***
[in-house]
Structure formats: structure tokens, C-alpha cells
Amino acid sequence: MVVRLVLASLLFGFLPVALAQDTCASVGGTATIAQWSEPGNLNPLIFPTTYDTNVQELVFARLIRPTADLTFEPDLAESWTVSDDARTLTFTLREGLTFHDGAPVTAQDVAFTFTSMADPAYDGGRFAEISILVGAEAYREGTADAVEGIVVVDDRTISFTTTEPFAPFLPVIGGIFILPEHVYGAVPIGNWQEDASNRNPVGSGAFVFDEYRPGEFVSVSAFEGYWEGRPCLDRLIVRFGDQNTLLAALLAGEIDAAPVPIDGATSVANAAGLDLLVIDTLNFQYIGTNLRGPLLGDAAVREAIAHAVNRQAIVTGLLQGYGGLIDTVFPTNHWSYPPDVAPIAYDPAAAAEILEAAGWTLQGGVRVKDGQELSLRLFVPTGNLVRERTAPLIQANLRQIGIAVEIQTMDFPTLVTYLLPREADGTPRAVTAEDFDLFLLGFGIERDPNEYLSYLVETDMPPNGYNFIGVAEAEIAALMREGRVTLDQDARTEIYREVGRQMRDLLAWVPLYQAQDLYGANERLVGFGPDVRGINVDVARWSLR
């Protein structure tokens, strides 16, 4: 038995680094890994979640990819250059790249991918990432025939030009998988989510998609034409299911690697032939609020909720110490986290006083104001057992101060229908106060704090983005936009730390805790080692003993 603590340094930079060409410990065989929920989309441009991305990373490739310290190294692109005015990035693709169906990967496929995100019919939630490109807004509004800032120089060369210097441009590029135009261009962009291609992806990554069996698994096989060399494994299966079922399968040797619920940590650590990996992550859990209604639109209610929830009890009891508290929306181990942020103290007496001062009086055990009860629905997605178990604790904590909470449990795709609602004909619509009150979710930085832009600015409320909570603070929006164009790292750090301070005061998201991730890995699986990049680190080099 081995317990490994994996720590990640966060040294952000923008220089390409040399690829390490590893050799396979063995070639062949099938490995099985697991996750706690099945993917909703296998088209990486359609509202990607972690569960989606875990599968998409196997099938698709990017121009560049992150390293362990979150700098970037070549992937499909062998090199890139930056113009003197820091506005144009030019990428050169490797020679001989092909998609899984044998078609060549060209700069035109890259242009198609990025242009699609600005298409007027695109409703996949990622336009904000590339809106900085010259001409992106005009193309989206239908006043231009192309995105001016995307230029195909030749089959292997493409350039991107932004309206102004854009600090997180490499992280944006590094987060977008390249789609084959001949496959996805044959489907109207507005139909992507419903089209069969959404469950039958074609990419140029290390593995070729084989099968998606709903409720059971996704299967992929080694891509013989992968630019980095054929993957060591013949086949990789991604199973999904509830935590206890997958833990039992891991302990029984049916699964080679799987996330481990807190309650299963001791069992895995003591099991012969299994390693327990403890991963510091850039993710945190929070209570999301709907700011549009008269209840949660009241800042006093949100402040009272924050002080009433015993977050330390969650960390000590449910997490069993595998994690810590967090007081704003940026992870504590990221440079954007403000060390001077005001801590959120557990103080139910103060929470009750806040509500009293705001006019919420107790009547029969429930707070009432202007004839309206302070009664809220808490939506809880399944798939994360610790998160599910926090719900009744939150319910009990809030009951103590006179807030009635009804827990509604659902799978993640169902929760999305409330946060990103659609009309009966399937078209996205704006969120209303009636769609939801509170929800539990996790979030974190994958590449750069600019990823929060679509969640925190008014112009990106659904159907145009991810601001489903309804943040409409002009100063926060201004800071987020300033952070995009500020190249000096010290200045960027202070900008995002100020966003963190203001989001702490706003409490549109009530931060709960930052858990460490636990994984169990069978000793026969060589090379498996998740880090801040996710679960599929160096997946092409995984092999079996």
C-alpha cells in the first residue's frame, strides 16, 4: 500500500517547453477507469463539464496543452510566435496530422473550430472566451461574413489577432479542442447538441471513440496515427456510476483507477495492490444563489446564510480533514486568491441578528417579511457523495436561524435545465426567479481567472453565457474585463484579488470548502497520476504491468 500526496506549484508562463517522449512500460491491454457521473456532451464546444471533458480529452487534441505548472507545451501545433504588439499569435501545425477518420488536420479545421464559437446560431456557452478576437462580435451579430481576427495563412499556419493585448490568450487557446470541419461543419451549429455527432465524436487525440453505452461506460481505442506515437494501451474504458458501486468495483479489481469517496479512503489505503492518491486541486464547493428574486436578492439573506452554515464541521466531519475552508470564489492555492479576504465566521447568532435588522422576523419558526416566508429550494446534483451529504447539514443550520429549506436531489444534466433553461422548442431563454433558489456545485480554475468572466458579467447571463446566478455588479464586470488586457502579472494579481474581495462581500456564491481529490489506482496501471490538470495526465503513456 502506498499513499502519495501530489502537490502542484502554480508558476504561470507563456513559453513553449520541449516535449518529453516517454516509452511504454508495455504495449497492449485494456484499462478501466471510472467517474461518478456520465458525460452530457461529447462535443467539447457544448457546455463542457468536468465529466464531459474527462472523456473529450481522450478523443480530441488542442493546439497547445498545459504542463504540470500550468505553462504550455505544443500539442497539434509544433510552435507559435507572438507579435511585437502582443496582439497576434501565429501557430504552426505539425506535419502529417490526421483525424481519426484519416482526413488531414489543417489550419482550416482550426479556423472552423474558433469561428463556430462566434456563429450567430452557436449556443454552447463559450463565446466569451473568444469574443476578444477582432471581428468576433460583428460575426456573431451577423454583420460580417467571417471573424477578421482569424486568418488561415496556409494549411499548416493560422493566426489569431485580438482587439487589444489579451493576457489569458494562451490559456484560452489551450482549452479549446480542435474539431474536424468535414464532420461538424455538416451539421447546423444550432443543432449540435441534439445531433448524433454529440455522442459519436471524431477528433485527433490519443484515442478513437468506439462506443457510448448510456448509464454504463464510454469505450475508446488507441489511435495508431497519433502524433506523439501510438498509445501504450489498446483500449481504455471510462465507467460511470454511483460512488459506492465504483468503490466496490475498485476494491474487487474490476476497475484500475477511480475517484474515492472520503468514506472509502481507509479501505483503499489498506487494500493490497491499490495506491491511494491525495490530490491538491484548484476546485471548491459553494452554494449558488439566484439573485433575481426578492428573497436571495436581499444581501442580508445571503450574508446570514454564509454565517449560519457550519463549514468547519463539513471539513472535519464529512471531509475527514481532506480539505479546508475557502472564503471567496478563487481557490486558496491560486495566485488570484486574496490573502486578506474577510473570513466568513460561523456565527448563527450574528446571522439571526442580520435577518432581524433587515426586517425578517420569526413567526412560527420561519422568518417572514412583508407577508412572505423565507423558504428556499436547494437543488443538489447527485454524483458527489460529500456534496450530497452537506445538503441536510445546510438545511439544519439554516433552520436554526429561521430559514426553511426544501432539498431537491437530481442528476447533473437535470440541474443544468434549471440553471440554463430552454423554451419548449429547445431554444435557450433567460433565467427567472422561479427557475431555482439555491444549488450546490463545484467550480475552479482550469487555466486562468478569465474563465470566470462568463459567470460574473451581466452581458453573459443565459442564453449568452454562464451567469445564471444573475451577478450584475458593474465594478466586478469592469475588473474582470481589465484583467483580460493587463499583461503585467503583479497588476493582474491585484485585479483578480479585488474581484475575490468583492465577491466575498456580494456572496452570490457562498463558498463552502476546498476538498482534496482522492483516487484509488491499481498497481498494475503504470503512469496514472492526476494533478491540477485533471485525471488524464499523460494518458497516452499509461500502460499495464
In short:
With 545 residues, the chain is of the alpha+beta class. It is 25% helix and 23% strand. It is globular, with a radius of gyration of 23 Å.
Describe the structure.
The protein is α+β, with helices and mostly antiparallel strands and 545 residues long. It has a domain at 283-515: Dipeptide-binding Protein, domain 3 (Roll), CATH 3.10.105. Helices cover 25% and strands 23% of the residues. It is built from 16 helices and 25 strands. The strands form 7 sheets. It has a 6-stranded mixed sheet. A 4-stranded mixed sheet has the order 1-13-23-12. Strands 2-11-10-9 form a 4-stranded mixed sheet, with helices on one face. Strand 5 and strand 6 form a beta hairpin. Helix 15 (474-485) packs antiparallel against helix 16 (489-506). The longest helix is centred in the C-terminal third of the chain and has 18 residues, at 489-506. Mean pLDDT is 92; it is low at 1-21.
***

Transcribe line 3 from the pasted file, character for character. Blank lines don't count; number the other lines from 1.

Amino acid sequence: MVVRLVLASLLFGFLPVALAQDTCASVGGTATIAQWSEPGNLNPLIFPTTYDTNVQELVFARLIRPTADLTFEPDLAESWTVSDDARTLTFTLREGLTFHDGAPVTAQDVAFTFTSMADPAYDGGRFAEISILVGAEAYREGTADAVEGIVVVDDRTISFTTTEPFAPFLPVIGGIFILPEHVYGAVPIGNWQEDASNRNPVGSGAFVFDEYRPGEFVSVSAFEGYWEGRPCLDRLIVRFGDQNTLLAALLAGEIDAAPVPIDGATSVANAAGLDLLVIDTLNFQYIGTNLRGPLLGDAAVREAIAHAVNRQAIVTGLLQGYGGLIDTVFPTNHWSYPPDVAPIAYDPAAAAEILEAAGWTLQGGVRVKDGQELSLRLFVPTGNLVRERTAPLIQANLRQIGIAVEIQTMDFPTLVTYLLPREADGTPRAVTAEDFDLFLLGFGIERDPNEYLSYLVETDMPPNGYNFIGVAEAEIAALMREGRVTLDQDARTEIYREVGRQMRDLLAWVPLYQAQDLYGANERLVGFGPDVRGINVDVARWSLR